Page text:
Atmospheric Rivers Highlighted in the U.S. Fourth National Climate Assessment
November 6, 2017
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The Fourth National Climate Assessment, released last week, highlights atmospheric rivers as a key topic of its chapter on “Extreme Storms.” The other storm types addressed in this section are “tropical storms (hurricanes and typhoons),” “severe convective storms (thunderstorms)” and “winter storms.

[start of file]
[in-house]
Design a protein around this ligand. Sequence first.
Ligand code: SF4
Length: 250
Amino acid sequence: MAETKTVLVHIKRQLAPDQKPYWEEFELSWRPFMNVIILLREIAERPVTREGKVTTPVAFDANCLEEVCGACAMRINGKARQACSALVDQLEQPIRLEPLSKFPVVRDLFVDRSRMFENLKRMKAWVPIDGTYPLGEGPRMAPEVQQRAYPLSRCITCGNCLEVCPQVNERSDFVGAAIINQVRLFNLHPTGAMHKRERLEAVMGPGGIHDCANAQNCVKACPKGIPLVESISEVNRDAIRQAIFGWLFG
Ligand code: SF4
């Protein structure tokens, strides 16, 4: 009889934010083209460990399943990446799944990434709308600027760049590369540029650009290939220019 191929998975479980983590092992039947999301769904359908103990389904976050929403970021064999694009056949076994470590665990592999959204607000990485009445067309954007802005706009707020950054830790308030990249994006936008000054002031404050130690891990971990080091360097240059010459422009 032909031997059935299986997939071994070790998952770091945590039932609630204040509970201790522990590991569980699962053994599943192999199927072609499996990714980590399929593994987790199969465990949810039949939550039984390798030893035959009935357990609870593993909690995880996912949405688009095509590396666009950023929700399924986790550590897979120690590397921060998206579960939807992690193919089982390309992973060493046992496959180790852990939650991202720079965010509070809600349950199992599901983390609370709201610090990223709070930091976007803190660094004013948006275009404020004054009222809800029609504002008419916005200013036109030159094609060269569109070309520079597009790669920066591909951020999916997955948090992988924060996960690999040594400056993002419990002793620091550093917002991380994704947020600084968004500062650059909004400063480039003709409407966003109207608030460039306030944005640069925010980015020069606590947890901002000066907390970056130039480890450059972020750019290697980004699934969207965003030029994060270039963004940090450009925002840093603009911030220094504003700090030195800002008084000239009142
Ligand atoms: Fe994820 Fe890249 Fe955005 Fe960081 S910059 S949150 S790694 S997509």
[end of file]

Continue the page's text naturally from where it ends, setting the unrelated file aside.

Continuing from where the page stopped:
The “Key findings” on atmospheric rivers are: “The frequency and severity of landfalling “atmospheric rivers” on the U.S. West Coast (narrow streams of moisture that account for 30%–40% of the typical snowpack and annual precipitation in the region and are associated with severe flooding events) will increase as a result of increasing evaporation and resulting higher atmospheric water vapor that occurs with increasing temperature. (Medium confidence).”
This major report further highlighted the atmospheric river topic by using a satellite image of an atmospheric river hitting the U.S. West Coast in February 2017 for the cover page of the entire report.
Contacts: Duane Waliser, F. Martin Ralph